On May 17, 2017, less than 2 months ago, powerful members of the U.S. Congress sent a letter to John Koskinen, the Commissioner of the Internal Revenue Service, requesting information about the IRS’s digital currency strategy as well as recent events surrounding the IRS’s summons to Coinbase, a digital asset exchange company.
The three Congressional members drafting this letter were:
1. Orin G. Hatch, Chairman of the Senate Committee on Finance;
2. Kevin Brady, Chairman of the House Committee on Ways and Means; and
3. Vern Buchanan, Chairman of the House Committee on Ways and Means
HISTORICAL BACKGROUND NOTED BY CONGRESSIONAL CHAIRMANS:
In March 2014, the IRS began working to clarify tax issues related to digital currencies by issuing guidance indicating that digital currencies would be treated as property for tax purposes.
However, in September of 2016, the Treasury Inspector General for Tax Administration (TIGTA) reported that the IRS had yet to develop a comprehensive digital currency tax strategy, citing a need for the IRS to update its initial guidance to reflect the various uses of digital currencies. To date, no such update has appeared. Despite the absence of a comprehensive strategy, on December 6, 2016, the IRS issued a summons to Coinbase requiring the records of all American Coinbase customers who conducted transactions in convertible digital currency between January 1, 2013 and December 31 , 2015.
The summons is estimated to affect 500,000 active Coinbase customers and would result in the production of millions of pages of associated records, many of which contain personally identifiable information. However, 90 percent of these customers engaged in less than $10,000 in cumulative, gross transactions during the entire period requested. According to the Internal Revenue Code (IRC), the issuance of this type of Summons – called a John Doe Summons-requires the government to establish that the summons pertains to an ascertainable class of persons, whose identity is unknown, and with respect to whom the IRS has a “reasonable basis” for the belief that the individuals have failed to comply with tax laws.
However, the three Congressional Chairmen, mentioned above, strongly question whether the IRS has actually established a reasonable basis to support the mass production of records for half of a million people, the vast majority of whom appear to not be conducting the volume of transactions needed to report them to the IRS. Based on the information before them, this summons seemed overly broad, extremely burdensome, and highly intrusive to a large population of individuals. The IRS’s actions in this case also set a dangerous precedent for companies facilitating virtual currency transactions that could be subject to a similar summons. To assist the above Congressional Committees in better understanding the IRS’s actions in this case, the IRS Commissioner was asked to provide:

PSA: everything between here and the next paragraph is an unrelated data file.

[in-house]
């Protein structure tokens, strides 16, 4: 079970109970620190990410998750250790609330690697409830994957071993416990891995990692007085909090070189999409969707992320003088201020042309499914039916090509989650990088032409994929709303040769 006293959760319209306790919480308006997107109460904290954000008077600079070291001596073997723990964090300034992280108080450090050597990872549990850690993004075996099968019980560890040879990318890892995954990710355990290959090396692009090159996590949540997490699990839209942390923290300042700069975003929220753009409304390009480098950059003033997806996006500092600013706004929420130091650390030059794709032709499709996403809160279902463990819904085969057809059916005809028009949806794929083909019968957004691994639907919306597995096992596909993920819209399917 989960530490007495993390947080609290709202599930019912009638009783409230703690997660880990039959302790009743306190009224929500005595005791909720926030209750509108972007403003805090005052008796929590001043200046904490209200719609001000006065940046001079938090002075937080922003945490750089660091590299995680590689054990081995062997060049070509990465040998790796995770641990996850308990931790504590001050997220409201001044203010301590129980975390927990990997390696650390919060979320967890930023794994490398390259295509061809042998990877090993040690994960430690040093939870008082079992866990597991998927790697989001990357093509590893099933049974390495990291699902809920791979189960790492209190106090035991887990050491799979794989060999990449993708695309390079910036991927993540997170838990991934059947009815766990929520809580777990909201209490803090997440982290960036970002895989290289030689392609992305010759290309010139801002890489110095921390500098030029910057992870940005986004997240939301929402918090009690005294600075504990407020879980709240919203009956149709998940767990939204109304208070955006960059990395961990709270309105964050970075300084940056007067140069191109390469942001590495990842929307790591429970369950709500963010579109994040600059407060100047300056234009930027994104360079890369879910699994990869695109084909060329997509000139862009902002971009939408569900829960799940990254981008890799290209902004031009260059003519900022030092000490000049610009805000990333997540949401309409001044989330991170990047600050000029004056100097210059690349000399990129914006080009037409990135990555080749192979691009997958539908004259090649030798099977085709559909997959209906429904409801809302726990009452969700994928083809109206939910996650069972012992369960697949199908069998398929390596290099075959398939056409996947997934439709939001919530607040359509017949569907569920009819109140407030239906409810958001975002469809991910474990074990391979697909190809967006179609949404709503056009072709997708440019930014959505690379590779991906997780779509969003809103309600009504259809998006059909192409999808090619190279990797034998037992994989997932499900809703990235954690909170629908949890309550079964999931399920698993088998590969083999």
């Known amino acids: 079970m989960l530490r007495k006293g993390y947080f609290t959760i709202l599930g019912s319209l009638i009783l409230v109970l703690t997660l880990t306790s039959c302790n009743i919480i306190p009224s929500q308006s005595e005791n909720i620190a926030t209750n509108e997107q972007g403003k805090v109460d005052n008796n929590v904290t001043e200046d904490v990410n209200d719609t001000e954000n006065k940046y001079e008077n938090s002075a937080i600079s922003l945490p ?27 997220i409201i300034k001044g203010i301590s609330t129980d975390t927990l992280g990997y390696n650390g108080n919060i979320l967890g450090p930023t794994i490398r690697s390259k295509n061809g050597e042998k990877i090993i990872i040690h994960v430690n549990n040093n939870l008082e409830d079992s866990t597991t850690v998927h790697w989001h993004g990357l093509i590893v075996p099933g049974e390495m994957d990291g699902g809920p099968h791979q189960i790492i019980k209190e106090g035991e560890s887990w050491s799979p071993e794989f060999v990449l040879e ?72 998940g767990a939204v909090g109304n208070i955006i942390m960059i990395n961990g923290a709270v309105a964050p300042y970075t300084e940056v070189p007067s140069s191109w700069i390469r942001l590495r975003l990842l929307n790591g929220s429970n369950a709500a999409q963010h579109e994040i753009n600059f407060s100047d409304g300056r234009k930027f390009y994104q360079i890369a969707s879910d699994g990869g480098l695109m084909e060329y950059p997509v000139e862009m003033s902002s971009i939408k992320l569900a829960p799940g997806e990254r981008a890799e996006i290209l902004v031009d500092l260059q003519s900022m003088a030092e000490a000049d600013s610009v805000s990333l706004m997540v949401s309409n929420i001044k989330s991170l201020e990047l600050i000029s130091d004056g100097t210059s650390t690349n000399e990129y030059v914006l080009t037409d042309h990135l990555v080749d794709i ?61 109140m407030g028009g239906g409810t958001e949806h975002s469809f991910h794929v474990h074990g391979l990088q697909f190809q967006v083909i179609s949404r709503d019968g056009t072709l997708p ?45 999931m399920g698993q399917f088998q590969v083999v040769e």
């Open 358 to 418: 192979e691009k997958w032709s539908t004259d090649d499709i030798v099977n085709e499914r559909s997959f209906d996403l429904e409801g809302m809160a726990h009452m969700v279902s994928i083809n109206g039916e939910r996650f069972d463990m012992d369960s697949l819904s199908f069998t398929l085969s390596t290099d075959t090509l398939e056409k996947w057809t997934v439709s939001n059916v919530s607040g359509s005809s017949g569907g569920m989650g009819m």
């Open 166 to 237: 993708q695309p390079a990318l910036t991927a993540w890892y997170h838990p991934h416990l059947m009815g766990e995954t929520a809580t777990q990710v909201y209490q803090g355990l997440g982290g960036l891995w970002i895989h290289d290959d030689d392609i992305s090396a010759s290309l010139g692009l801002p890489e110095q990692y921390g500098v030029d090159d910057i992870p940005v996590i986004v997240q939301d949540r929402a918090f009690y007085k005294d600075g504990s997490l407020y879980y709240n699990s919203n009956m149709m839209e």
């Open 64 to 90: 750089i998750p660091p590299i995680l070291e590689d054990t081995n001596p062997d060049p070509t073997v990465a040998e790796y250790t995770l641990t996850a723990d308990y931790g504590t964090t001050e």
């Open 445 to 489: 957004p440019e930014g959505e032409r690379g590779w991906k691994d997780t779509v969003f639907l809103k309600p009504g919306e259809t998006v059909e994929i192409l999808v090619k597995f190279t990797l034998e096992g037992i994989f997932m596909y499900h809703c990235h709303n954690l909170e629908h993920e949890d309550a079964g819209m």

1. Describe the IRS’s current digital currency strategy and provide any existing
policies and procedures.
a. What efforts has the IRS made to conduct industry outreach or coordination on its digital currency strategy?
b. What, if any, industry concerns have been raised and what actions is the IRS taking to address these?
c. How does the John Doe summons issued to Coinbase fit into the larger IRS digital currency strategy?
2. To issue a John Doe summons, the IRS must first establish that it has a reasonable basis to believe that the individuals may fail or may have failed to comply with internal revenue law. What is the justification for the IRS’s position that all Coinbase customer records are needed for this timeframe?
a. When seeking this summons, what provision(s) of the IRC did the IRS believe Coinbase customers not to be in compliance with?
b. Did the IRS consider issuing a more narrowly tailored summons? If so, what impediments existed to the IRS issuing a more narrowly tailored summons?
3. TIGTA made three recommendations in its 2016 report referenced above. What is the current status of the IRS’s implementation of each of these recommendations and what actions have been taken to address each one?
4. How has or will the IRS assess and take into account the compliance burdens on start-up financial technology companies as well as digital currency users (especially those engaging in light to moderate transactional use) when developing and refining its digital currency strategy?
5. Will the IRS consider a de minimis exemption or other action to remove practical obstacles to such moderate, transactional use of digital currencies?
Next we will look at the reply from Commissioner John Koskinen.